Exchange Shopping

European stock exchanges may be aggressively marketing to foreign corporates. But U.S. companies need a good business reason to list overseas.

European laws also let many high-demand foreign shares trade without any action on the company’s part; in some cases, the company may not even be notified of the move. London’s market trades shares of 140 U.S. blue chips, for example, many of which have never listed.

Exchanges, of course, point out that such efforts aren’t enough for most smaller companies. “If they really want to attack the retail market, they do need to fully list,” says Crosswell. For many companies, the ideal is a global exchange that allows them to list once and solicit funds from investors around the world.

When that will become a reality, however, is anyone’s guess. Nasdaq is striving to be the first global exchange within three years, and offer seamless electronic trading in local currencies–an initiative that might be difficult to complete given its revenue difficulties. The other promising initiative–a 10-country Global Equity Market project that includes the NYSE–is still sputtering after two years in existence.

In the meantime, U.S. companies will just have to globe trot–at least until a sustained market rally materializes.

Alix Nyberg is a staff writer at CFO.

Trading Places

Where U.S. companies are listing globally.

Mkt. Cap (in U.S. $Trillion)*

U.S. Cos. Listed**

Deutsche Boerse (Frankfurt)
Euronext Y’
London Stock Exchange (LSE)
Tokyo Stock Exchange

Y’ Includes Amsterdam, Brussels, Lisbon, Paris, & Warsaw
*As of 6/30/02
**Numbers are approximate, as of 8/02

Sources: World Federation of Exchanges, the exchanges

Worlds Apart

In Asia, regional stock exchange consolidation is occurring much more slowly than in Europe. Although the East Asian and Oceania Stock Exchange Federation has been aiming to establish a regional stock exchange in Asia since 1990, the group has so far remained a loose affiliation of individual exchanges. “Asian countries are not as well regionally integrated as Europe, and the establishment of a regional stock exchange is some way off,” says Vince Hooper, a professor of finance at the University of New South Wales in Sydney. And while markets in China, Hong Kong, and Singapore have boomed with domestic listings, they’ve largely been closed to outsiders, thanks to government regulations, making consolidation far more difficult, says Maureen O’Hara, a finance professor at Cornell University and president of the American Finance Association.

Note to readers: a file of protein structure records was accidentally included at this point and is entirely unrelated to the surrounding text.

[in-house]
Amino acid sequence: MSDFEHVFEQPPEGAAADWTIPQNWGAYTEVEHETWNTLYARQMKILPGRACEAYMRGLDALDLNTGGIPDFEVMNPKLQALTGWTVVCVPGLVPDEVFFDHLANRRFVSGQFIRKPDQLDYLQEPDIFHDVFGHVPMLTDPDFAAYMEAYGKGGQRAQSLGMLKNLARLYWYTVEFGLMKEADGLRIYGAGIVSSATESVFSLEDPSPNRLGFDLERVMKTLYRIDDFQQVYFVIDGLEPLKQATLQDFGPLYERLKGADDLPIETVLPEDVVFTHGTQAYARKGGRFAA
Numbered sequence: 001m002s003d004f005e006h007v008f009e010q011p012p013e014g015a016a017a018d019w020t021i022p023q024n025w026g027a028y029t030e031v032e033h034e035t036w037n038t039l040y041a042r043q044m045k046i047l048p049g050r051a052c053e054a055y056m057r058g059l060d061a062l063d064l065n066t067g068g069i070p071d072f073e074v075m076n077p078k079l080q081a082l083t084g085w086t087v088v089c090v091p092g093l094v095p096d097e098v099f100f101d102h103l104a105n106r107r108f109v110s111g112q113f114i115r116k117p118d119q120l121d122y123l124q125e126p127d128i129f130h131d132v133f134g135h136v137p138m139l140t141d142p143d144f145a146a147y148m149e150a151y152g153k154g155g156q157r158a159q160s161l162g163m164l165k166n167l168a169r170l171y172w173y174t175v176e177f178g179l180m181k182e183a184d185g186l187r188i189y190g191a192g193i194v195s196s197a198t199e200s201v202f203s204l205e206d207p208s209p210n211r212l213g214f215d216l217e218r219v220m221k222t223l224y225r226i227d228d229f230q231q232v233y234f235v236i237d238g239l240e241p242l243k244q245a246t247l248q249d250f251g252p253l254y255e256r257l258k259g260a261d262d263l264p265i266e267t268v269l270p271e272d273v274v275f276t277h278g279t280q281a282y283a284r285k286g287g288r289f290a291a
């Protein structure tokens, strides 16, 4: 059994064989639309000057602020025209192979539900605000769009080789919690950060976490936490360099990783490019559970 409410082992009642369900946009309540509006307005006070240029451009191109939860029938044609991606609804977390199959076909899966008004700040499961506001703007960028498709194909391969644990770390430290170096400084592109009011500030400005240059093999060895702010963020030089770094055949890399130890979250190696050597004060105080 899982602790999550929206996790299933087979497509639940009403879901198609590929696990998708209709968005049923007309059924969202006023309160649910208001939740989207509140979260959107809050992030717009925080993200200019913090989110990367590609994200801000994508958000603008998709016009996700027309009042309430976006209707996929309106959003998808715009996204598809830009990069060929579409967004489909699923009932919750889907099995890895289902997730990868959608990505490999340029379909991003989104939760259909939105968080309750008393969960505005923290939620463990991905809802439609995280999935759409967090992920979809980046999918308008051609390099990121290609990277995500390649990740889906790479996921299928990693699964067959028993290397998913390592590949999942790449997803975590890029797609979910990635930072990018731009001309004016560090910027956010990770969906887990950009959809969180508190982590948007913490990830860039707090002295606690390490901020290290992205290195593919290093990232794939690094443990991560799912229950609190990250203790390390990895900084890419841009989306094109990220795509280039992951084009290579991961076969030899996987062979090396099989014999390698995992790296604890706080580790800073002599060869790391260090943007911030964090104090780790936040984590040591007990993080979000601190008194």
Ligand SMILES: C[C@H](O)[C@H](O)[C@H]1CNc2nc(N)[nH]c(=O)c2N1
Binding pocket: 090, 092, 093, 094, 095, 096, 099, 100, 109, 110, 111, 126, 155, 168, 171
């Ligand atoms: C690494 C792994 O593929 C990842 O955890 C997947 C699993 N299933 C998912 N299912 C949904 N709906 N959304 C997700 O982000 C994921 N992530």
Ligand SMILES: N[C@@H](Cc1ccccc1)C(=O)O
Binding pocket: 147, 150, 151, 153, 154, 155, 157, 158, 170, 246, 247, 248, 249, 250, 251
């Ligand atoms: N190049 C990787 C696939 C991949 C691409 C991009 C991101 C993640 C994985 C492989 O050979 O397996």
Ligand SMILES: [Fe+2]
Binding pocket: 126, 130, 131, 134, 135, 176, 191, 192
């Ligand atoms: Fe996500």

There are some hopeful signs in the wider Asia-Pacific region, however, including an agreement between the Singaporean and Australian exchanges to allow the shares to cross-trade, which took effect last December. Exchanges in Australia, the Philippines, Hong Kong, and Tokyo have all taken first steps toward merging with others in recent years by demutualizing, or going public. But none so far has formed major alliances. In fact, a planned merger between the Australian and New Zealand exchanges fell apart early last year.

Macroeconomic problems combined with market illiquidity have further disillusioned U.S. companies. Philip Morris Cos., for example, pulled its shares from the Tokyo Stock Exchange in May on the grounds that the $150,000 annual listing fee wasn’t worth the few trades investors executed there. It’s apparently not alone–fewer than 15 U.S. firms remain on the exchange, which has lost more than 50 U.S. listings since 1991. –A.N.


Your email address will not be published. Required fields are marked *